“Running the race”
This weekend marks the beginning of the Olympic Games in Rio, the 31st Olympiad, and the excitement is already ratcheted up! Athletes from 206 nations are in Brazil to compete in 28 sports and be watched by a global audience of billions. No doubt there will be the usual mix of wonderful victory, painful loss and heroic attempts at glory. Of course, this year, there have been headlines the Olympic Committee would no doubt want to forget: the Russian doping scandal, the Zika virus and issues with the city's security. But this weekend the games begin, and hopefully the controversy fades away, and a few weeks of sporting festivities can be enjoyed by all.
Given the Greek beginnings of the Olympic movement, it’s no surprise to read the apostle Paul using athletic imagery to speak of the Christian life. He speaks of “running the race” in 2 Timothy 4:7. And in Philippians 3:13-14, he says this:
“But one thing I do: forgetting what is behind and straining towards what is ahead, I press on towards the goal to win the prize for which God has called me heavenwards in Christ Jesus.”
Two things challenge me from this verse. Paul speaks here of the committed focus of the Christian: “but one thing I do”. How often we’re distracted from the “one thing;” the things of God take second or third place to many other things in our lives. For an Olympic athlete, anything other than total focus will be disastrous; the commitment and focus they must show in the cause of running the race or swimming the length is second to none. Paul says the Christian’s single minded focus on the things of God is to be like the Olympic athlete.
But notice secondly the prize for which we run, the prize to which “God has called me heavenwards in Christ Jesus.” Wonderfully, every believer who finishes the race gets the prize: the prize of being with Jesus, knowing him perfectly and eternally. What a joy to look forward to, and for Paul, that future hope was worth the hassle and pain of the present.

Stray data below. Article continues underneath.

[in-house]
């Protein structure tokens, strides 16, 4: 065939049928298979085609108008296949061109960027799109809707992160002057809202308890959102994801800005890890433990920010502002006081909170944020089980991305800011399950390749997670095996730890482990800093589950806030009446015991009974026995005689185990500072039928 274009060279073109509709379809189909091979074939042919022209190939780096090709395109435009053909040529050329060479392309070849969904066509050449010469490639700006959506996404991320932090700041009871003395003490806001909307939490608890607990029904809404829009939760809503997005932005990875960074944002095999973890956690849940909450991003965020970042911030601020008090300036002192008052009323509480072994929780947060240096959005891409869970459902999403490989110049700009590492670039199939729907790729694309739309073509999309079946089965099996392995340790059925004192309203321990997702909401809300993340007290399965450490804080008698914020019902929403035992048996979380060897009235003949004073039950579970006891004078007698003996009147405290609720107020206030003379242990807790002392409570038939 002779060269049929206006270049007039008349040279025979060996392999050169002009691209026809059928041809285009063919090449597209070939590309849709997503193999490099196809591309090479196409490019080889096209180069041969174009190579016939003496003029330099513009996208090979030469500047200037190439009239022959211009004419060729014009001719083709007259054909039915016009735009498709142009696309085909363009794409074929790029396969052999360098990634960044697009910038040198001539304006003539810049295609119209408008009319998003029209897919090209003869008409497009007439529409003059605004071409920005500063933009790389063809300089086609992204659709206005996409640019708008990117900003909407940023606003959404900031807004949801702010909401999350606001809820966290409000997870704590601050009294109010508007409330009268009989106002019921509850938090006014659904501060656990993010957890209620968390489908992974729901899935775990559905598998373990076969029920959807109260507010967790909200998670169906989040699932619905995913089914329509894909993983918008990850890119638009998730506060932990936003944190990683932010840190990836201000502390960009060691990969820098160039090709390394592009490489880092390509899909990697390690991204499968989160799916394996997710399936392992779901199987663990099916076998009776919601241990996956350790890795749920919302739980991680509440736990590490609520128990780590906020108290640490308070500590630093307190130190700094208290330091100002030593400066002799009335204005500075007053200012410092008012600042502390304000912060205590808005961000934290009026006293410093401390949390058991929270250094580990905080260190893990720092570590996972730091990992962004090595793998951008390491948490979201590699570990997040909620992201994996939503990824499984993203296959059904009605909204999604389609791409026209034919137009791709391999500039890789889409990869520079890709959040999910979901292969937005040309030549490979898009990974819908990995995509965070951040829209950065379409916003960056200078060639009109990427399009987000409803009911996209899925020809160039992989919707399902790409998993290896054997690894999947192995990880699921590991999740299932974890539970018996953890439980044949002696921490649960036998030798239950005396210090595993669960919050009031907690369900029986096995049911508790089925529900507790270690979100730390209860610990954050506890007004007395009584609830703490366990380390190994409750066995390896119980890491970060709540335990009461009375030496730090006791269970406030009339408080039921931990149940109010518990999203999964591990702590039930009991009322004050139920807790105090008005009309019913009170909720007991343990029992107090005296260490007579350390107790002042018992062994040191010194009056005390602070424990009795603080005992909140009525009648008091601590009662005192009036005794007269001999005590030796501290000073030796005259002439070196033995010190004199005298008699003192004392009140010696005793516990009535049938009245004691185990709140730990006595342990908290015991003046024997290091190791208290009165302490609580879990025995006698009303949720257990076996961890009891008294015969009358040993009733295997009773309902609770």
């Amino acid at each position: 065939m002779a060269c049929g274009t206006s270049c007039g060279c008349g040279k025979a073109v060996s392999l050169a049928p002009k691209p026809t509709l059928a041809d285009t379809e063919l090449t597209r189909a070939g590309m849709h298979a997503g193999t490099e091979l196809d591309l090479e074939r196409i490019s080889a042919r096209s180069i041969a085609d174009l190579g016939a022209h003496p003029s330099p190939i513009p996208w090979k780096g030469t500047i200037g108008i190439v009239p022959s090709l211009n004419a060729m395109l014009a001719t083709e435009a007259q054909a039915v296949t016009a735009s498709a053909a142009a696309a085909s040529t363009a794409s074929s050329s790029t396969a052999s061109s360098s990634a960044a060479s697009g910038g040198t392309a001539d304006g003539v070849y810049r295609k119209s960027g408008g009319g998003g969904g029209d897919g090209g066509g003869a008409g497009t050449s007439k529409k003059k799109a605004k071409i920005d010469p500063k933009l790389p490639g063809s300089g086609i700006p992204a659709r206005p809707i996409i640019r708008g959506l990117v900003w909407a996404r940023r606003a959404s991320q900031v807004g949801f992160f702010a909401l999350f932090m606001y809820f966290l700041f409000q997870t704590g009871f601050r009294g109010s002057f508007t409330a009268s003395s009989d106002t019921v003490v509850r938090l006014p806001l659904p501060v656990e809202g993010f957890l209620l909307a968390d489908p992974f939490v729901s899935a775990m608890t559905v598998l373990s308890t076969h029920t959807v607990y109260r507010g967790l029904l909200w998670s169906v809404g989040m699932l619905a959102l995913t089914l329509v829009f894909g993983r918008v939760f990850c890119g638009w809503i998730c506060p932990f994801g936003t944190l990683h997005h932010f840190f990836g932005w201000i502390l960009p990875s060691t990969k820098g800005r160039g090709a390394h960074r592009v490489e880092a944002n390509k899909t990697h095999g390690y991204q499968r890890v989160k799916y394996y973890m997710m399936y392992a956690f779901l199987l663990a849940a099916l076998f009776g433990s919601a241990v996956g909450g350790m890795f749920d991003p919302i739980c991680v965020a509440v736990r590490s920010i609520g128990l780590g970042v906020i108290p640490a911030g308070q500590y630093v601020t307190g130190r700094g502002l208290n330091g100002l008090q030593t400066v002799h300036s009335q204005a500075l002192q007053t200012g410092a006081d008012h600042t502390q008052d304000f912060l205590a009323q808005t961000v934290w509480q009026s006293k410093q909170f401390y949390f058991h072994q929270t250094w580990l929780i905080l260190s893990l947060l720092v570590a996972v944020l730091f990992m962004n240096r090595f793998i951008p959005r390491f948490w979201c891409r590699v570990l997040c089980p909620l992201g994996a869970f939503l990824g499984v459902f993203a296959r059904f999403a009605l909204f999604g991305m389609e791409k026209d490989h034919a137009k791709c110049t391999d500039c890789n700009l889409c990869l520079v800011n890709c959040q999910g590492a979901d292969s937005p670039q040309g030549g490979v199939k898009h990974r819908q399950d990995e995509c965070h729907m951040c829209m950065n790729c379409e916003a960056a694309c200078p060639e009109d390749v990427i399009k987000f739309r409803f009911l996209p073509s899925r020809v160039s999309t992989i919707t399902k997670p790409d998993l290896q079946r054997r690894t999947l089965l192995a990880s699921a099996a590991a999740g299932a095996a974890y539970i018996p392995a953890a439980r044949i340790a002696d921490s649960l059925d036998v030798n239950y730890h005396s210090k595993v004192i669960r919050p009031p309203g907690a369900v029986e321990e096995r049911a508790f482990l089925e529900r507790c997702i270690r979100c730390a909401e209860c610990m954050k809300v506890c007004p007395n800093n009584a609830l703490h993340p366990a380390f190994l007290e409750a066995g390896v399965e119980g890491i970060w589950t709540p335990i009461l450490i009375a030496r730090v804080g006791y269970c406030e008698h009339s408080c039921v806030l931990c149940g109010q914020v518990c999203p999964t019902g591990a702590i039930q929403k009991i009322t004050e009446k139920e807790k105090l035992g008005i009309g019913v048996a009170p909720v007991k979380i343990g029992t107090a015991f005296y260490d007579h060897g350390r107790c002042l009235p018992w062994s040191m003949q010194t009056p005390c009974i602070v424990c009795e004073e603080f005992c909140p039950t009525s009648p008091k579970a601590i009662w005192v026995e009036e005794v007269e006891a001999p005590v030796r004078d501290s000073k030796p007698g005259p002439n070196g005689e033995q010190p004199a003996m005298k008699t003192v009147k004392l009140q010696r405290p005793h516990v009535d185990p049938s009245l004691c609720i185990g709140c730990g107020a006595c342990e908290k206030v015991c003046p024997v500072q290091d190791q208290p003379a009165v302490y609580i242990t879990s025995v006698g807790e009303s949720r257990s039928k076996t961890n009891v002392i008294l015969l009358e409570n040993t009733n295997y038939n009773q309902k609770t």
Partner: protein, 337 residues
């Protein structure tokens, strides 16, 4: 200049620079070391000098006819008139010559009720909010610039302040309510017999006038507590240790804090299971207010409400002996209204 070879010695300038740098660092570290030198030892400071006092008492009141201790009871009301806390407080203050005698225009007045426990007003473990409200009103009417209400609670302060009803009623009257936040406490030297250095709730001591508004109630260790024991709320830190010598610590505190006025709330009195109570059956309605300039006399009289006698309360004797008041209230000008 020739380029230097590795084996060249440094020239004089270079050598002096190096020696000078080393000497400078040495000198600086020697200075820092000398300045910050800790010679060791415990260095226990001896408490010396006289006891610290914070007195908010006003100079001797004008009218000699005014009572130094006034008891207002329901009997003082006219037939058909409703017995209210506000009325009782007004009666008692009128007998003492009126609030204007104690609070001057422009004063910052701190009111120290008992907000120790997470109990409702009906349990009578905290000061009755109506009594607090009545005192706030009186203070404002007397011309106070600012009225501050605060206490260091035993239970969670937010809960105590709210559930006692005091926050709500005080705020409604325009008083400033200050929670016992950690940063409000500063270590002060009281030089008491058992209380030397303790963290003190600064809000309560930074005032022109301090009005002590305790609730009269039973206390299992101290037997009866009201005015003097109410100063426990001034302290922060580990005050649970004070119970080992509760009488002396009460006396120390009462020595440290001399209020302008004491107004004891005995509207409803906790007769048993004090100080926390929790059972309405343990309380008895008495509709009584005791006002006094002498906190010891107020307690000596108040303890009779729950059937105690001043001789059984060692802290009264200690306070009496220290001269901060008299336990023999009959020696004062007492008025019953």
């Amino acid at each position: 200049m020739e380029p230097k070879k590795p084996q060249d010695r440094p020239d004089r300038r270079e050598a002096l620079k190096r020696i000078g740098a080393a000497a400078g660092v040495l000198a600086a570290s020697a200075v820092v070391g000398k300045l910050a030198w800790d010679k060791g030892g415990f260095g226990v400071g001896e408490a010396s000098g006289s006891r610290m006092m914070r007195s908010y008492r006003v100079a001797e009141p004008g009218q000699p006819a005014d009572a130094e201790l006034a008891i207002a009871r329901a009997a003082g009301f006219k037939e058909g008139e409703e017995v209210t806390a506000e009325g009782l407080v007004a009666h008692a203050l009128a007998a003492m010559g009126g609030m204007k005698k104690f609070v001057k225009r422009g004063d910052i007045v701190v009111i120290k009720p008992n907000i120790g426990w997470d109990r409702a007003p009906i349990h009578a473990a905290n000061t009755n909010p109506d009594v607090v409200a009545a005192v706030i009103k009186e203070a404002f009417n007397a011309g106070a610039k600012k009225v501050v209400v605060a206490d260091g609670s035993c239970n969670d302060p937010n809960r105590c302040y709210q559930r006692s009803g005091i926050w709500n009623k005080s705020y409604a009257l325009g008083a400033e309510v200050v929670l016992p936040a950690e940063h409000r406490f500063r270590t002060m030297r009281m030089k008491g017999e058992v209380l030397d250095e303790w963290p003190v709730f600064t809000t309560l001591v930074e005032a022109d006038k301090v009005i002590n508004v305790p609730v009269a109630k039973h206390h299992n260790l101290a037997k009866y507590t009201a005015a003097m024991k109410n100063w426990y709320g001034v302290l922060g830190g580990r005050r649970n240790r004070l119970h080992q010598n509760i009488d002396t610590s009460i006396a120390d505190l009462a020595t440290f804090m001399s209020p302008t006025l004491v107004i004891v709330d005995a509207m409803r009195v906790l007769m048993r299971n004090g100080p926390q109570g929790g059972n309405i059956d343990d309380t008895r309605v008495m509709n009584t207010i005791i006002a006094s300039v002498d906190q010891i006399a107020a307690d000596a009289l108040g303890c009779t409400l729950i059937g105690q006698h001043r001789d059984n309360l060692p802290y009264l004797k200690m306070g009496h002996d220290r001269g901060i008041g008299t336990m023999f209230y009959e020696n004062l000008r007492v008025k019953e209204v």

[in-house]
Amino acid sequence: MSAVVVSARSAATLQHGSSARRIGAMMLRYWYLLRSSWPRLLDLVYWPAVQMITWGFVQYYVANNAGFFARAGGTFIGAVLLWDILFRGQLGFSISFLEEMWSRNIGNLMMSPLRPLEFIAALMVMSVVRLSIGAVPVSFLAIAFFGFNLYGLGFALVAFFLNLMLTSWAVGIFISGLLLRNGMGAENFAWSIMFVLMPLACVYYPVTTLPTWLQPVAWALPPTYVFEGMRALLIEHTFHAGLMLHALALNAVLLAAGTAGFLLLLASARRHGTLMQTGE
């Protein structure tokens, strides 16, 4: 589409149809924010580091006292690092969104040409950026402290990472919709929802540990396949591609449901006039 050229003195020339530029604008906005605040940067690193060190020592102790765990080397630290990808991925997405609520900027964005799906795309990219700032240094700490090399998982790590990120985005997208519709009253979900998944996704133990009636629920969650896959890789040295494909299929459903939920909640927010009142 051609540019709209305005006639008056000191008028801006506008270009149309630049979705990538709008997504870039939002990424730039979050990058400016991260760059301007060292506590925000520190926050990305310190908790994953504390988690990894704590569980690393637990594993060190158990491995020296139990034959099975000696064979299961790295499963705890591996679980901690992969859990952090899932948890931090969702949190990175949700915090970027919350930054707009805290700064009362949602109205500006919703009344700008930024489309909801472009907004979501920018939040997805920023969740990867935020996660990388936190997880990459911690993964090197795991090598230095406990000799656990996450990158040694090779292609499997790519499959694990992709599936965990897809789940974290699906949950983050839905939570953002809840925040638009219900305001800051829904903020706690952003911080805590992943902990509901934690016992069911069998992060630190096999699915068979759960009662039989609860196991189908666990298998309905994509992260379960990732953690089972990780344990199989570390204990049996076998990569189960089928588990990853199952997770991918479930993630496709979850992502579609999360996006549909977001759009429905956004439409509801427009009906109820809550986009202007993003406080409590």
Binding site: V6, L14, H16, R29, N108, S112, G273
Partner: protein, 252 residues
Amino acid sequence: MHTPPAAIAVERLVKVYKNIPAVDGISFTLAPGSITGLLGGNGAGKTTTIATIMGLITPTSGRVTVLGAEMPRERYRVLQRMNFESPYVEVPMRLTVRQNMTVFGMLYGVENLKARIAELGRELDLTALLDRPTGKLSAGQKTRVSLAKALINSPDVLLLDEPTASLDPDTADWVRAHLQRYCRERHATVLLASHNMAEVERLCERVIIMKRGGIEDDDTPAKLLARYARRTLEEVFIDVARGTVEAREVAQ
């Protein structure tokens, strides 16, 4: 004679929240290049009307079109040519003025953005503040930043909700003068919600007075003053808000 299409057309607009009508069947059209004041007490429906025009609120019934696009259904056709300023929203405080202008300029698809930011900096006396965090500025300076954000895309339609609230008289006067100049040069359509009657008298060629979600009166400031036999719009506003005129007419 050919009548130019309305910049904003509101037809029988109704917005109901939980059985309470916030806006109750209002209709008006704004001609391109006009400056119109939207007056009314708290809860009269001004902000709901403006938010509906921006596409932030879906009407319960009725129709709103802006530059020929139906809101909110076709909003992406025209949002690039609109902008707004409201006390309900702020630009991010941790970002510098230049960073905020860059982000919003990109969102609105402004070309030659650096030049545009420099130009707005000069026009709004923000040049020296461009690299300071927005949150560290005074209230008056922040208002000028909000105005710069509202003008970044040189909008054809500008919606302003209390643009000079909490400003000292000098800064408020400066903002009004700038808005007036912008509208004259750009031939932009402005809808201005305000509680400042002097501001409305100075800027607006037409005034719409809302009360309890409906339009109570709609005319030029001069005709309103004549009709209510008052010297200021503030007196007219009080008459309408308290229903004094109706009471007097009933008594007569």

One Olympian whose life I am often challenged by is Eric Liddell. Gold medallist in the 1924 Paris games, he went on to be a missionary in China, where he died in a POW camp during the war. His commitment to running was single-minded. But his commitment to Christ was even more so: he loved Jesus, ran the race of the faith wholeheartedly and gave his life for the cause of the gospel. When asked about the fame of Olympian success, he said this: “It’s natural for a chap to think over all that sometimes, but I’m glad I’m in the work I’m engaged in now. A fellow’s life counts for more at this than the other. Not a corruptible crown, but an incorruptible one you know.” Liddell knew all about the corruptible crown, but how much more did he run for the incorruptible one!
When I’m watching Usain Bolt, Mo Farah and Jess Ennis-Hill this month, I’ll be enjoying the sport, but I’ll also be thinking of Paul’s challenge in Philippians 3: “but one thing I do”; and I’ll be reminded of Eric Liddell’s life of single-minded devotion to the cause of Jesus. That’s the way I want to run the race, and that’s the prize I really want to win. May God help us to run that great race of Jesus to the end!
Subscribe to receive St Andrew the Great blog alerts by email.